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Make Ahead Batters


mmarks
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I run a very small teahouse and offer a few home-baked goods to accompany the tea. The kitchen is tiny and I can only bake a few items at a time, and I don't sell very much. Nevertheless, my customers like the fact that the items are fresh and home-baked, and it's important to me to continue to offer the stuff, and to have a variety of choices available.

Problem has been that I spend several hours baking each day even though it's only a very small percentage of my revenue. The solution has been to find recipes where I can prepare dough/batter a couple of times a week, and then pop in the oven as needed. It works great for chocolate chip cookies and madeleines, and I'd like to expand into muffins and cupcakes.

I've read the threads and it seems like some people believe batter can last a few days, while others prefer to bake and then freeze. I would prefer not to bake and freeze. So, I'm seeking your expertise, please. I imagine that the issue is leavening (maybe there are other issues like mixing method, I don't know), and that the use of double acting baking powder should help, but does anyone have guidance on great base recipes for muffins and/or cupcakes that will last as batter in the fridge for a few days and bake up great.

Thank you so much!

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do you have freezer space? you don't have to bake and freeze, you can make batters and freeze them shaped and bake off as needed.

muffins

scones

biscuits

cookies

danish

croissant

most of these things freeze very well. you just take out a few at a time and bake them as needed. some might need a little bit of thaw time before baking, like take them out and fridge them overnight and bake in the morning.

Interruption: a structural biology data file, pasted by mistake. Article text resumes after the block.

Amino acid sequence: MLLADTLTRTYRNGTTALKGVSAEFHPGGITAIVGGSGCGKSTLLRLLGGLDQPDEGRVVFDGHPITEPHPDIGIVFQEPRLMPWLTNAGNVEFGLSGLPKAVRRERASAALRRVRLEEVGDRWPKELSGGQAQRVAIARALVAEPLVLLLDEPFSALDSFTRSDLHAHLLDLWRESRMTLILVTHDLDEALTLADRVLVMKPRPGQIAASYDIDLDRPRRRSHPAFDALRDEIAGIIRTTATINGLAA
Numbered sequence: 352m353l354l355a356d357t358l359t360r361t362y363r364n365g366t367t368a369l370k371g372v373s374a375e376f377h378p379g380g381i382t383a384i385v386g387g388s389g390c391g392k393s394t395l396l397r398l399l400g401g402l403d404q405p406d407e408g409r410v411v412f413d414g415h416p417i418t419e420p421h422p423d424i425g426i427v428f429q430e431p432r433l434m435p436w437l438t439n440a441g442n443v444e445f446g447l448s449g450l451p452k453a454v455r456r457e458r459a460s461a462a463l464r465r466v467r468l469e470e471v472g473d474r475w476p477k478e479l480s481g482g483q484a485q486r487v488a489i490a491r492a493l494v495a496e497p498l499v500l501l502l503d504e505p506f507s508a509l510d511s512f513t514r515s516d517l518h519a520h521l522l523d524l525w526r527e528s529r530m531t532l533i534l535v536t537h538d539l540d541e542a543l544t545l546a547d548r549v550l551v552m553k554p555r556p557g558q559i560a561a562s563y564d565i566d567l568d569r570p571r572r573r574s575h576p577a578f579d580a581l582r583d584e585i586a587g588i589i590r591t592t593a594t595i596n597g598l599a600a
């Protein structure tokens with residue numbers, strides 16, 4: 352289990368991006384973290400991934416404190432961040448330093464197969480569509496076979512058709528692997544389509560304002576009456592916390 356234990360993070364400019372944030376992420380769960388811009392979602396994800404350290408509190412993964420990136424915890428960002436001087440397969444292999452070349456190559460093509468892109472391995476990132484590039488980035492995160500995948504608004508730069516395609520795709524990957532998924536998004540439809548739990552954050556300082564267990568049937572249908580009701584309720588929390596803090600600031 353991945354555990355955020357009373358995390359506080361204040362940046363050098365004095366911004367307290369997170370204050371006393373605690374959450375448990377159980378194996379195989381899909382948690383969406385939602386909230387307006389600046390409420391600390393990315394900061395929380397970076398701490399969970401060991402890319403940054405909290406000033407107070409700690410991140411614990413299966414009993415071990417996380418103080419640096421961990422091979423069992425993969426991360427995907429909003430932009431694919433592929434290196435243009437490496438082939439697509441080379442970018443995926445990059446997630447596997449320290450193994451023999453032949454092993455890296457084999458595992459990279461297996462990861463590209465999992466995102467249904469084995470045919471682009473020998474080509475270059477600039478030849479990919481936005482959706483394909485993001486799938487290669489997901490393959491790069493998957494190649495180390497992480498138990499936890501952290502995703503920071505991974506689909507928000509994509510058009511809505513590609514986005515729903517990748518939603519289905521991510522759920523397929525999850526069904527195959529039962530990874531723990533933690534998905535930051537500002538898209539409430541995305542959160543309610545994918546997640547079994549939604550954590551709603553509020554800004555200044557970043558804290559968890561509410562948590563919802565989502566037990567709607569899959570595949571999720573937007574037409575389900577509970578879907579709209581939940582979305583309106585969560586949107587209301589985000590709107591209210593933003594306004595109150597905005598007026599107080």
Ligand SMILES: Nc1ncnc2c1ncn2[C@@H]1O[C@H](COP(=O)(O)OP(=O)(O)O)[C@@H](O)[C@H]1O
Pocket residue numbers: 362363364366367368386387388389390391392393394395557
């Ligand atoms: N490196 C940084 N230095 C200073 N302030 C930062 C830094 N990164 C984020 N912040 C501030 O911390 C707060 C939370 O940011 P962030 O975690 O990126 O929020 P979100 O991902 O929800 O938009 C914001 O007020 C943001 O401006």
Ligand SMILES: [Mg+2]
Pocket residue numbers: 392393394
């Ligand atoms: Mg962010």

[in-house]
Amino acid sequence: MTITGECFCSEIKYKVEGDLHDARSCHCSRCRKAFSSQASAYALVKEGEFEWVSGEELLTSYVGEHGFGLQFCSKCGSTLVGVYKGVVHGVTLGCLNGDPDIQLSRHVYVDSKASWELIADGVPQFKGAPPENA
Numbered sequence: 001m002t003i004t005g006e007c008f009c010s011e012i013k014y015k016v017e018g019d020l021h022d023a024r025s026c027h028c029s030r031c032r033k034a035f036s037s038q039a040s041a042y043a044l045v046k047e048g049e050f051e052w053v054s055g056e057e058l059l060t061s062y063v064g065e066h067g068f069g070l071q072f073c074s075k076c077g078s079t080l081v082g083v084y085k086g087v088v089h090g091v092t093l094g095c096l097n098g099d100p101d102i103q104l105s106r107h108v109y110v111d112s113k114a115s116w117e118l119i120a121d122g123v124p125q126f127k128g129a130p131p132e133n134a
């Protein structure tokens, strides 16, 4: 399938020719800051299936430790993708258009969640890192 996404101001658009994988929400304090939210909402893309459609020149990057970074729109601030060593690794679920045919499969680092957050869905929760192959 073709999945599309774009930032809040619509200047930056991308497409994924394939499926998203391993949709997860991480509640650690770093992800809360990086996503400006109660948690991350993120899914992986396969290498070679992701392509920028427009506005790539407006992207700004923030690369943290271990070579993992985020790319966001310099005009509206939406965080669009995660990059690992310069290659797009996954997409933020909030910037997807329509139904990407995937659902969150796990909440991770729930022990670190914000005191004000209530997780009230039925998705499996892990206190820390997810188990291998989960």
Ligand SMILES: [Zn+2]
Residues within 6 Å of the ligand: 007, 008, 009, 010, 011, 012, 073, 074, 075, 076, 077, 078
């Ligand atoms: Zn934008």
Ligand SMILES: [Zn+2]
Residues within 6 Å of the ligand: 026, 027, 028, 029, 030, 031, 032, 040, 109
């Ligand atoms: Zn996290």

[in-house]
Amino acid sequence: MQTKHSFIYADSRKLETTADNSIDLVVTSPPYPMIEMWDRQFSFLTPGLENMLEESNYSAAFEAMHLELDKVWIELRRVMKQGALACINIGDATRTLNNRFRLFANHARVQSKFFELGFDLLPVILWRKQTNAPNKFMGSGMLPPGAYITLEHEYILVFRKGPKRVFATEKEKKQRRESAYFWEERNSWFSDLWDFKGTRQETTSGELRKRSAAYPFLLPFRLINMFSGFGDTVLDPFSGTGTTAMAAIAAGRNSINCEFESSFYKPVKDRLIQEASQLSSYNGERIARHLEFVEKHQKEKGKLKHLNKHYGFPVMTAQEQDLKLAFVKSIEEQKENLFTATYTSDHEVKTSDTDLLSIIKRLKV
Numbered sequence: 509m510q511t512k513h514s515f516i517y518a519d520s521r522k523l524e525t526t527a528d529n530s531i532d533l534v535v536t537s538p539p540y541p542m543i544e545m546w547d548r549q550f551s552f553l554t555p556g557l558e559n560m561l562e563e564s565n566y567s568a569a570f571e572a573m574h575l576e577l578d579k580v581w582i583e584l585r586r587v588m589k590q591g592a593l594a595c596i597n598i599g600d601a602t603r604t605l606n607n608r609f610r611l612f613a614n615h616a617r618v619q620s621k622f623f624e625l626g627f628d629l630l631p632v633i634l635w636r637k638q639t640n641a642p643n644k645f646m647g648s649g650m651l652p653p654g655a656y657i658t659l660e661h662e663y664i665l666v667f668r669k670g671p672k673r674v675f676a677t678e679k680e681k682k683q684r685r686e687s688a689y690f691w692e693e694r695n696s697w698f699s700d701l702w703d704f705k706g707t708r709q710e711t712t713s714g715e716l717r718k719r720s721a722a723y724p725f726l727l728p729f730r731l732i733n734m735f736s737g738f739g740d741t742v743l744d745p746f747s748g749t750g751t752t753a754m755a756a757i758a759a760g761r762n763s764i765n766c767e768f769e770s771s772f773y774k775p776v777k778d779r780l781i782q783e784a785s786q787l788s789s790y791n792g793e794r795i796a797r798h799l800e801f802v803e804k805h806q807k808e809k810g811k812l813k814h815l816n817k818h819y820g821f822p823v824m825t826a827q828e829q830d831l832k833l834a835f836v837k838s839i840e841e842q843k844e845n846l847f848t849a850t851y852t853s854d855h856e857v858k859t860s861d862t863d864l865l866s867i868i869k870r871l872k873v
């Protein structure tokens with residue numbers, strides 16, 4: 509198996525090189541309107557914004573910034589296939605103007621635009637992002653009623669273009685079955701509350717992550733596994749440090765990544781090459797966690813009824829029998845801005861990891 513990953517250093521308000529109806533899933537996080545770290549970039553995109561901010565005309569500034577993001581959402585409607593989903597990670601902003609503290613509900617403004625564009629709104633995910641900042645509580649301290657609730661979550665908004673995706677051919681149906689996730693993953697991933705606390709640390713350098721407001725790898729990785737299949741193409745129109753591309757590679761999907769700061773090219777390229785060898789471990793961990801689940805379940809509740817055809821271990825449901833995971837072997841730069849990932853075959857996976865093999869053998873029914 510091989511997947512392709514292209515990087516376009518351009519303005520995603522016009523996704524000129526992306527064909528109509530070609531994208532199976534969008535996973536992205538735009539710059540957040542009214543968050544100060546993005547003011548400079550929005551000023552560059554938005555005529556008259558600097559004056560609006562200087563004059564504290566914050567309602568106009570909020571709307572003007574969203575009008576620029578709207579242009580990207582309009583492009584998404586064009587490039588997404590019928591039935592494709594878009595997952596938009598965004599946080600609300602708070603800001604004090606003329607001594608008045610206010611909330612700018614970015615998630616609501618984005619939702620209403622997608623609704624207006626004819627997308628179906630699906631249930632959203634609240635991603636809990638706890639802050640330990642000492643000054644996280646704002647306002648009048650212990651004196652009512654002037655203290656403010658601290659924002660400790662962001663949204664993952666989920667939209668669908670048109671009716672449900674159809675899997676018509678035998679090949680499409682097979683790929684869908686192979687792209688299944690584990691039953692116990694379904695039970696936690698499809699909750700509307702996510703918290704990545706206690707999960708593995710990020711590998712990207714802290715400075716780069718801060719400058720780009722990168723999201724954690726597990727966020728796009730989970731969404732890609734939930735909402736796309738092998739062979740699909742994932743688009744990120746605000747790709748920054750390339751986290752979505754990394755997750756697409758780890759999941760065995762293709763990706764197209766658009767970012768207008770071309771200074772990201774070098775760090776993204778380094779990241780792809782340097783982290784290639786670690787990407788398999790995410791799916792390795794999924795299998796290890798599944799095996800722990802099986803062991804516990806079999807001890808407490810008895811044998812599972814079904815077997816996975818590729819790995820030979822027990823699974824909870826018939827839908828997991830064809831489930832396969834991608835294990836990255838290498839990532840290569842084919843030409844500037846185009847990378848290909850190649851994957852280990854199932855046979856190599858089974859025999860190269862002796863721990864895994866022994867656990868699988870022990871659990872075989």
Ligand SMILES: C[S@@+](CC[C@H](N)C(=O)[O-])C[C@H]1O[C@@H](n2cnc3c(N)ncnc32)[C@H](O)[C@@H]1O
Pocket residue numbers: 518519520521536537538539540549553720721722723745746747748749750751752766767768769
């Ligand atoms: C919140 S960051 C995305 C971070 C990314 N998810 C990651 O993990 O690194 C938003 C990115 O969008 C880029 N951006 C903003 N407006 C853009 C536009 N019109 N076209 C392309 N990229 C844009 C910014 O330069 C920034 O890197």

obviously with danish and croissant, they are yeasted and so might need proofing time as well. i'd stick to the first few items.

muffins can be portioned into silicone pans and once frozen, removed and put onto sheet pans, wrapped well and frozen. you can then just pop them back into the silicone molds to bake (if that's what you use). you can also just portion them and freeze them in the muffin tins if you have enough to spare and the space to freeze them.

scones, we used to make and spread the batter into a sheet pan. we'd cut them once they were semi-frozen and keep them in the sheet pan. just break off the number needed and separate onto baking pan and thaw a little before baking. brushing them with a little cream and sprinkling some AA sugar on top makes them a little fancier as well.

cookies, all manner of doughs work well rolled into logs (for slice and bake) or pre-shaped and baked off after a brief thaw (not even overnight).

you can rotate your production so that when you run out of one thing you can change the flavor and you won't be mixing and baking all day for something you don't sell much of. the great thing is, you can usually see if you're going to run out of something and bake more off as needed so you can start out with a little less and gradually figure out how much you're selling to minimize waste.

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Fine Cooking had an excellent article in Issue #29 about make-ahead muffin batters. The article is written by someone at a bakery-- sounds like they worked through some similar issues.

http://www.finecooking.com/articles/how-to...in-batters.aspx

I'm not sure if this is free content, let me know if you have trouble getting it.

Jen

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Have you considered using a master mix, like Bisquick from scratch, that can be kept on the side, then add extra ingredients to it to make whatever is next on the menu? Even something like that would be a time-saver. It would eliminate frequent measuring of the same ingredients. The muffins, scones, cookies and biscuits that alanamoana mentioned would fall within that group.

Many colleges and universities, especially those in agricultural states, have master mix recipes as part of their cooperative program. Do a google with the phrase master mix recipe and find one you like. Let us know if you choose one, and which one you choose.